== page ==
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Window Technologies: Glazing Types - Triple Low-E Glazing

Triple-Glazed, High-solar-gain Low-E Glass

This figure illustrates the performance of a window with a very low heat loss rate (low U-factor). In this case there are three glazing layers and two low-E coatings, ½" argon gas or ¼" krypton gas fill between glazings, and low-conductance edge spacers. The middle glazing layer can be glass or suspended plastic film. Some windows use four glazing layers (two glass layers and two suspended plastic films). This product is suited for buildings located in very cold climates. Both Low-E coatings in this product have high solar heat and visible light transmittance, which is ideal for passive solar design. The use of three layers, however, results in lower solar heat gain relative to double glazing with high-solar-gain Low-E.

High-solar-gain low-E glass is often made with pyrolytic low-E coatings, although sputtered high-solar-gain low-E is also available.

Center of Glass Properties

Note: These values are for the center of glass only. They should only be used to compare the effect of different glazing types, not to compare total window products. Frame choice can drastically affect performance.

Whole Window Properties - Triple-Glazed, High-solar-gain Low-E Glass
  Metal Frame Metal Frame Non-metal Non-metal
Frame Metal Frame Metal Frame with Thermal Break Non-metal Frame Non-metal Frame, Thermally Improved
U-Factor n/a n/a n/a ≤0.22
SHGC n/a n/a n/a 0.41-0.60
VT n/a n/a n/a 0.41-0.50
Note: The thermal performance properties of specific glazings and frames can vary depending on product design and materials.
The results presented here are averages. Consult specific manufacturers for NFRC rated U-factors and SHGCs for products of interest.

Triple-Glazed, Medium-solar-gain Low-E Glass

This figure illustrates the performance of a window with a very low heat loss rate (low U-factor). In this case there are three glazing layers and two low-E coatings, ½" argon gas or ¼" krypton gas fill between glazings, and low-conductance edge spacers. The middle glazing layer can be glass or suspended plastic film. Some windows use four glazing layers (two glass layers and two suspended plastic films). This product is suited for buildings located in very cold climates. Both Low-E coatings in this product have high solar heat and visible light transmittance, which is ideal for passive solar design. The use of three layers, however, results in lower solar heat gain relative to double glazing with high-solar-gain Low-E.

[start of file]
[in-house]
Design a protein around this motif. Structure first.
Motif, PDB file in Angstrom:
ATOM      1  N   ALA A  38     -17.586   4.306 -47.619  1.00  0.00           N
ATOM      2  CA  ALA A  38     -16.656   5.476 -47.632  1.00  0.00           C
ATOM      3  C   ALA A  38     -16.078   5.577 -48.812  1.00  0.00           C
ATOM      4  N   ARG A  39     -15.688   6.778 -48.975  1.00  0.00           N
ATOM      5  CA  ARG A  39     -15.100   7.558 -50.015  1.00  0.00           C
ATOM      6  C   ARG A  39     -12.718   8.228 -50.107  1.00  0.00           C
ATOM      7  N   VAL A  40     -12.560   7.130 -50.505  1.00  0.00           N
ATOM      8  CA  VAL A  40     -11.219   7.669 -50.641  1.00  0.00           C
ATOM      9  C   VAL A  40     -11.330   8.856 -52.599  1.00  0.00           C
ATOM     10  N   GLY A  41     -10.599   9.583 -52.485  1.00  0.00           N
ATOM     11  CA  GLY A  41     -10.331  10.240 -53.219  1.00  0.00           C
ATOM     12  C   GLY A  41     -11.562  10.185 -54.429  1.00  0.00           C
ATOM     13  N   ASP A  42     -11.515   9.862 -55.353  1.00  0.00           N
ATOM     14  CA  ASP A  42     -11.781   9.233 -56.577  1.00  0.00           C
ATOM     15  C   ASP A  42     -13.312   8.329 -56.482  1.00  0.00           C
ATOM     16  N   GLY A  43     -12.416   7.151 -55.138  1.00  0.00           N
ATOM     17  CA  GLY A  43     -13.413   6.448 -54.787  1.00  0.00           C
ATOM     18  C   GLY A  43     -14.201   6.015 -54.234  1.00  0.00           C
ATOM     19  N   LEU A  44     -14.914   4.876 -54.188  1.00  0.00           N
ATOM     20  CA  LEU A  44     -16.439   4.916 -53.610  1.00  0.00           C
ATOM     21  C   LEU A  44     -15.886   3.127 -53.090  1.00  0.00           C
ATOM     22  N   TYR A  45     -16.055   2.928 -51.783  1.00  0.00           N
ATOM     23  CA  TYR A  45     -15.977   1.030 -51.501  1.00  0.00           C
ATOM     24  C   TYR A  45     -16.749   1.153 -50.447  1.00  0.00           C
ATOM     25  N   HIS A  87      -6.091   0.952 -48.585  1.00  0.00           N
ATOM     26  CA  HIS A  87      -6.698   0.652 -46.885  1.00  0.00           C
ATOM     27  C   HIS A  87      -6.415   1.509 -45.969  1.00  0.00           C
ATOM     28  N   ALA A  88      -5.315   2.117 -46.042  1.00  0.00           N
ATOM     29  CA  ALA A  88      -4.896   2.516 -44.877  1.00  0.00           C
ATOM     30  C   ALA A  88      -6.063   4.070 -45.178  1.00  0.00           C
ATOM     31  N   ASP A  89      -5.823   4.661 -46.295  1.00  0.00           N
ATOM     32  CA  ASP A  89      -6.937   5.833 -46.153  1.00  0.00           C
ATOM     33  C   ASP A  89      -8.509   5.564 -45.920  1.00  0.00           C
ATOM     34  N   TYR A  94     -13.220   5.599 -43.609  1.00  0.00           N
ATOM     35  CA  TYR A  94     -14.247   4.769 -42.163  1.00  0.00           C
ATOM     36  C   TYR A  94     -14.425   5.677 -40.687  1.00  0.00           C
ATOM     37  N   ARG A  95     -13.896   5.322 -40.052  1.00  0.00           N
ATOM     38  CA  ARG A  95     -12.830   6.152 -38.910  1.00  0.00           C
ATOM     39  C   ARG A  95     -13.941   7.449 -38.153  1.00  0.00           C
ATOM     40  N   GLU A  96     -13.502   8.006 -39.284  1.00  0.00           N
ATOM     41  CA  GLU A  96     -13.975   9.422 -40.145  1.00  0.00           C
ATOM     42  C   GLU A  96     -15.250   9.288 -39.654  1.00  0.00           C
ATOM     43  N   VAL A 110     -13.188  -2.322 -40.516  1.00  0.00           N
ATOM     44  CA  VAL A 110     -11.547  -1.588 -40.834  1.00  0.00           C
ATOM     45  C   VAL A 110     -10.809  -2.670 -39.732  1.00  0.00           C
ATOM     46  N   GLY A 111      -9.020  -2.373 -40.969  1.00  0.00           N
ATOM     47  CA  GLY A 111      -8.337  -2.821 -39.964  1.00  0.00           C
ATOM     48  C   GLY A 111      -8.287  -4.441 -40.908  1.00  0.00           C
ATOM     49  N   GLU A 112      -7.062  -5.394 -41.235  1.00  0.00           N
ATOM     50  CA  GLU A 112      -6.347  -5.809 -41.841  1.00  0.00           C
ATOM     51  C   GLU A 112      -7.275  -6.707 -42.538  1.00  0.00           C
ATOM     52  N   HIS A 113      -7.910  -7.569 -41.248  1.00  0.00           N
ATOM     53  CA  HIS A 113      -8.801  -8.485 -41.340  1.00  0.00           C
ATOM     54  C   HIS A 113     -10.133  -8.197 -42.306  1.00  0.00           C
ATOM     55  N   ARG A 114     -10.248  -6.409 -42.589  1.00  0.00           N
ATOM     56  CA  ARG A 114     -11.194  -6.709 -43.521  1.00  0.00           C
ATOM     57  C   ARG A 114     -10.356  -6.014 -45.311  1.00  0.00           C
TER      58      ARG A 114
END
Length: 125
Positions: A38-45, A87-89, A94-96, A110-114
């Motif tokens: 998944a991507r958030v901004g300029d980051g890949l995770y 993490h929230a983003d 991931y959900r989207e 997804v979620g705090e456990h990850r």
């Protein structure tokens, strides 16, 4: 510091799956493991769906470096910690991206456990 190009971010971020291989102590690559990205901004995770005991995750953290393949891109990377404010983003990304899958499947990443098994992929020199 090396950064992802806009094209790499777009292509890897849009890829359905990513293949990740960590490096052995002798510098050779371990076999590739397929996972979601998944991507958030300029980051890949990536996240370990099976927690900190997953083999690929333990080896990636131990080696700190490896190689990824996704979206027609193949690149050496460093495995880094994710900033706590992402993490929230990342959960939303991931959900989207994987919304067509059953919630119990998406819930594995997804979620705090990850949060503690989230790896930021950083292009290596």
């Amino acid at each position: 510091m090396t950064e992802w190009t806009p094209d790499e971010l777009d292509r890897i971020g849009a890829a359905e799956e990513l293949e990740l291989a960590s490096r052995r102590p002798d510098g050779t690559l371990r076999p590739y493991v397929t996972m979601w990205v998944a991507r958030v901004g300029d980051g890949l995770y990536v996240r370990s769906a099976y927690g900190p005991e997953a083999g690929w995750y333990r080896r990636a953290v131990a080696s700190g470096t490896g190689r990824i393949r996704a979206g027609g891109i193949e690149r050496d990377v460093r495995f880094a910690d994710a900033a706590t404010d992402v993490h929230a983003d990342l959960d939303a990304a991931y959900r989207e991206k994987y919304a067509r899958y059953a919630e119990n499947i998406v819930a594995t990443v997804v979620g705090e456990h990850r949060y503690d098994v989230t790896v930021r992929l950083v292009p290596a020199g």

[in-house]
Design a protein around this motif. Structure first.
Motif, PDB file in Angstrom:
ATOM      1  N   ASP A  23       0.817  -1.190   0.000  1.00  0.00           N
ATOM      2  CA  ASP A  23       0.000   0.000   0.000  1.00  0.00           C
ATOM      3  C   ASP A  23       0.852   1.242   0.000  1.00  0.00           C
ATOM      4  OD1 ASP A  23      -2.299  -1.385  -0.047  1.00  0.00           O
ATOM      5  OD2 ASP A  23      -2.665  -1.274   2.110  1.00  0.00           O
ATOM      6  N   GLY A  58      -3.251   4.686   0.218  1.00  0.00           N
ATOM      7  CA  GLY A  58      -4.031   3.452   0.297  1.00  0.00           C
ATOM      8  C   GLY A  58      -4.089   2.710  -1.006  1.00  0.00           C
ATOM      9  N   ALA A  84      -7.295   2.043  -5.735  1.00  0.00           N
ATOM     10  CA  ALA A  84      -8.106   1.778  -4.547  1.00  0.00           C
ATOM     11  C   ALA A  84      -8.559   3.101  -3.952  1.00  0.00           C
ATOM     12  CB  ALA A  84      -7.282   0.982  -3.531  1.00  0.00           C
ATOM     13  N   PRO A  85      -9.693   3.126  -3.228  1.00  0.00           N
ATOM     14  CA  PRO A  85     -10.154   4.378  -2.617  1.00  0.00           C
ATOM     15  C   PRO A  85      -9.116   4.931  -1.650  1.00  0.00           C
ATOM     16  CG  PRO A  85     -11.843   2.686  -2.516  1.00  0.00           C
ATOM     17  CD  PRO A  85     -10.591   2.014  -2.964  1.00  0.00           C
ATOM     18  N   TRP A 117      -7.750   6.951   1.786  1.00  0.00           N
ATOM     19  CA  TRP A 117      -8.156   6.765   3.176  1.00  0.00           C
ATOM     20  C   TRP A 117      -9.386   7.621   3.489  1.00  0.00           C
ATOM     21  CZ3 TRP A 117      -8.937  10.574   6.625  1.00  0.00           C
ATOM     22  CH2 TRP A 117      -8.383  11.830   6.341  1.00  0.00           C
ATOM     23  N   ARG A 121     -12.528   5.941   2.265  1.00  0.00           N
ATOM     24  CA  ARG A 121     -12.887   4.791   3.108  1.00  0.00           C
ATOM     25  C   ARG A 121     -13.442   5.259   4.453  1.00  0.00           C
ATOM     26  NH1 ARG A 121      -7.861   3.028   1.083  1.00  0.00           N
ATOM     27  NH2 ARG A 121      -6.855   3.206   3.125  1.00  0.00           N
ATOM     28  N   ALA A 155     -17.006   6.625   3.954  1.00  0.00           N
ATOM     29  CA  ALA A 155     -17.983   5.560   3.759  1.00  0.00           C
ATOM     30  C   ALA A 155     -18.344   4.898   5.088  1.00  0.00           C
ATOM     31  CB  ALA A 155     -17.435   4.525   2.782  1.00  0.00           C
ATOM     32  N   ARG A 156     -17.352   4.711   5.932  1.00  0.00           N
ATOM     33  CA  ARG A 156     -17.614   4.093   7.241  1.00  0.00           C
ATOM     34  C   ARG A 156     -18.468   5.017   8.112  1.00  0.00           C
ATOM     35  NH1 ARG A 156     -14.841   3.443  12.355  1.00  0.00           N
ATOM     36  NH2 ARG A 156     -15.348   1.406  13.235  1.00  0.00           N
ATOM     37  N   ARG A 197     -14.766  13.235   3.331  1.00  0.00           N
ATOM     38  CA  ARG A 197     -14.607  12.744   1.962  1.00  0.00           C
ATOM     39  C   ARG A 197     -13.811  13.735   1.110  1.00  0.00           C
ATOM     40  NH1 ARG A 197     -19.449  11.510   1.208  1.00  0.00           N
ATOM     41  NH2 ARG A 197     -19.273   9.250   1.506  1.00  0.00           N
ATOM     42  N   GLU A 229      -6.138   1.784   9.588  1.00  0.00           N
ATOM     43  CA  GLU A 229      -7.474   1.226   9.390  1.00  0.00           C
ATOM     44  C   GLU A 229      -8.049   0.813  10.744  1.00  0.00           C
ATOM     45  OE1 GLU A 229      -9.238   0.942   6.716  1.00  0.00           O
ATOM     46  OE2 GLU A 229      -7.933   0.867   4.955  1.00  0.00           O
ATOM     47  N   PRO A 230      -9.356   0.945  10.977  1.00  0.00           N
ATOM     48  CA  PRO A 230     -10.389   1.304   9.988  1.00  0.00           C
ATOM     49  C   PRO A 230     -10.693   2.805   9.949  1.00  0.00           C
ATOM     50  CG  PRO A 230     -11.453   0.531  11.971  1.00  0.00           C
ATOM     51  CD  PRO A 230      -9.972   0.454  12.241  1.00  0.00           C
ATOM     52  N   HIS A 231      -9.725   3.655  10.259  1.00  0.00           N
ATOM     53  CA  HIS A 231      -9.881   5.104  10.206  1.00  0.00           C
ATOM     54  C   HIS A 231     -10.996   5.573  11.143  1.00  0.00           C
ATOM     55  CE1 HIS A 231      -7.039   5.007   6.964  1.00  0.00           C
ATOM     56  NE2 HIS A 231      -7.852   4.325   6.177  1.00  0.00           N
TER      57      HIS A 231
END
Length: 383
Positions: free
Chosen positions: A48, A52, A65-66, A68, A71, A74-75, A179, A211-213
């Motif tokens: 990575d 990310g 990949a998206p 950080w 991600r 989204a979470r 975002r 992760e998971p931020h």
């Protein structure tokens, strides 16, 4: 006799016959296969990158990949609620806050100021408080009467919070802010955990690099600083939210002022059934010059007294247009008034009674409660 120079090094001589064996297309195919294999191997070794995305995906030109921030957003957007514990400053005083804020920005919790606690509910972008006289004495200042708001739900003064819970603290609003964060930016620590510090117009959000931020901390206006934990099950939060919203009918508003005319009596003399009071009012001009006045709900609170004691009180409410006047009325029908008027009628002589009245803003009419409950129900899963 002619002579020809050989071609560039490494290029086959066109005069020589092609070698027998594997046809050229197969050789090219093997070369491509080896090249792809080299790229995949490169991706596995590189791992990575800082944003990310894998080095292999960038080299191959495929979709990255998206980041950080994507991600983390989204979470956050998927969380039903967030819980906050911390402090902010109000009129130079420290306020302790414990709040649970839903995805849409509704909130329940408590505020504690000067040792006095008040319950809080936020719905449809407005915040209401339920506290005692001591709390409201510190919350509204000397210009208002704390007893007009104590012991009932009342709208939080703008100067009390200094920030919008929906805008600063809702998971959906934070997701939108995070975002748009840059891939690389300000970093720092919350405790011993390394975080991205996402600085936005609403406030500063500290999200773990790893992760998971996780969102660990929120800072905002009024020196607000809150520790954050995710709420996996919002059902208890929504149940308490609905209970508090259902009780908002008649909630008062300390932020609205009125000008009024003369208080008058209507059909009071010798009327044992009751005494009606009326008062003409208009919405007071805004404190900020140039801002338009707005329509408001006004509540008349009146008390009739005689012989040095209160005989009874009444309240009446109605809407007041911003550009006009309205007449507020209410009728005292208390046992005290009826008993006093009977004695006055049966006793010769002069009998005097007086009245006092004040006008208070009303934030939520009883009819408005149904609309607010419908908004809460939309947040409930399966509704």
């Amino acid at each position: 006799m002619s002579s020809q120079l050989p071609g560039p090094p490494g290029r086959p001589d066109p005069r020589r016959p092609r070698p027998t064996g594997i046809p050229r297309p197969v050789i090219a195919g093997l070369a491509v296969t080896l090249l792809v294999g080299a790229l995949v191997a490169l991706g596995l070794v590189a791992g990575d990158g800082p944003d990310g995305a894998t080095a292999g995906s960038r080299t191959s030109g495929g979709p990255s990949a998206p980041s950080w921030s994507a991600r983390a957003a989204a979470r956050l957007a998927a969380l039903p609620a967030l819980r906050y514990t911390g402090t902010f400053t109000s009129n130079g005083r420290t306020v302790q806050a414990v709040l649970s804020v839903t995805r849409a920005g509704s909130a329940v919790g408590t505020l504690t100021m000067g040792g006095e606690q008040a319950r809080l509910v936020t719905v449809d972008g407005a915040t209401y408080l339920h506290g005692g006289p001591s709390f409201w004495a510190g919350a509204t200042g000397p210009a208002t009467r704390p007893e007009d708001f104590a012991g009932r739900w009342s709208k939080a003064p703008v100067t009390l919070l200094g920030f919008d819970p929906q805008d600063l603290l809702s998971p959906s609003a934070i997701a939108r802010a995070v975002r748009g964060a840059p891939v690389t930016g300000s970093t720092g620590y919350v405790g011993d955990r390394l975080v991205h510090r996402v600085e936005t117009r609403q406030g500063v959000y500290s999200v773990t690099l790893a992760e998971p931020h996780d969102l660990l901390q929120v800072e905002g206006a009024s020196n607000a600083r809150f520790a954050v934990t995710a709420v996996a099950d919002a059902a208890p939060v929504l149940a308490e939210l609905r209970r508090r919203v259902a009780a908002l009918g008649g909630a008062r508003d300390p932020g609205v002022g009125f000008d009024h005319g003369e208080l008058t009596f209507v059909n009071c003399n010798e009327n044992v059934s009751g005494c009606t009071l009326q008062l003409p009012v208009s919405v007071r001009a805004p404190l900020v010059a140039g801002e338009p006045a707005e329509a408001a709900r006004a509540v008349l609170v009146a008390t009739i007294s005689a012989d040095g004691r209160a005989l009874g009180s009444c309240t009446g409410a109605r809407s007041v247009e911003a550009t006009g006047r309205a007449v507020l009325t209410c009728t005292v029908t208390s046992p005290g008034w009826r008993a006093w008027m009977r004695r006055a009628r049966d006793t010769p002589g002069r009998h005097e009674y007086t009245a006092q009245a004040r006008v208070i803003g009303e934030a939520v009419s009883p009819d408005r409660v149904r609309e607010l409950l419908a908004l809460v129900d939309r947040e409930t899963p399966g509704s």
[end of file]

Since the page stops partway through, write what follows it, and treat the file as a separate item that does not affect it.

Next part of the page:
High-solar-gain low-E glass is often made with pyrolytic low-E coatings, although sputtered high-solar-gain low-E is also available.

Center of Glass Properties

Note: These values are for the center of glass only. They should only be used to compare the effect of different glazing types, not to compare total window products. Frame choice can drastically affect performance.

Whole Window Properties - Triple-Glazed, Medium-solar-gain Low-E Glass
  Metal Frame Metal Frame Non-metal Non-metal
Frame Metal Frame Metal Frame with Thermal Break Non-metal Frame Non-metal Frame, Thermally Improved
U-Factor n/a n/a n/a ≤0.22
SHGC n/a n/a n/a 0.26-0.40
VT n/a n/a n/a 0.41-0.50
Note: The thermal performance properties of specific glazings and frames can vary depending on product design and materials.
The results presented here are averages. Consult specific manufacturers for NFRC rated U-factors and SHGCs for products of interest.

Triple-Glazed, Low-solar-gain Low-E Glass

This figure illustrates the performance of a window with a very low heat loss rate low U-factor). In this case there are three glazing layers and two low-E coatings, ½" argon gas or ¼" krypton gas fill between glazings, and low-conductance edge spacers. The middle glazing layer can be glass or suspended plastic film. Some windows use four glazing layers (two glass layers and two suspended plastic films). With this window, both low-E coatings are spectrally selective in order to minimize solar heat gain. This window is best suited for climates with both significant heating and cooling loads.

Low-solar-gain low-E glass is typically made with sputtered low-E coatings consisting of either two or three layers of silver (also called double-silver or triple-silver low-E).

Center of Glass Properties

Note: These values are for the center of glass only. They should only be used to compare the effect of different glazing types, not to compare total window products. Frame choice can drastically affect performance.

Whole Window Properties - Triple-Glazed, Low-solar-gain Low-E Glass
  Metal Frame Metal Frame Non-metal Non-metal
Frame Metal Frame Metal Frame with Thermal Break Non-metal Frame Non-metal Frame, Thermally Improved
U-Factor n/a n/a n/a ≤0.22
SHGC n/a n/a n/a ≤0.25
VT n/a n/a n/a ≤0.40
Note: The thermal performance properties of specific glazings and frames can vary depending on product design and materials.
The results presented here are averages. Consult specific manufacturers for NFRC rated U-factors and SHGCs for products of interest.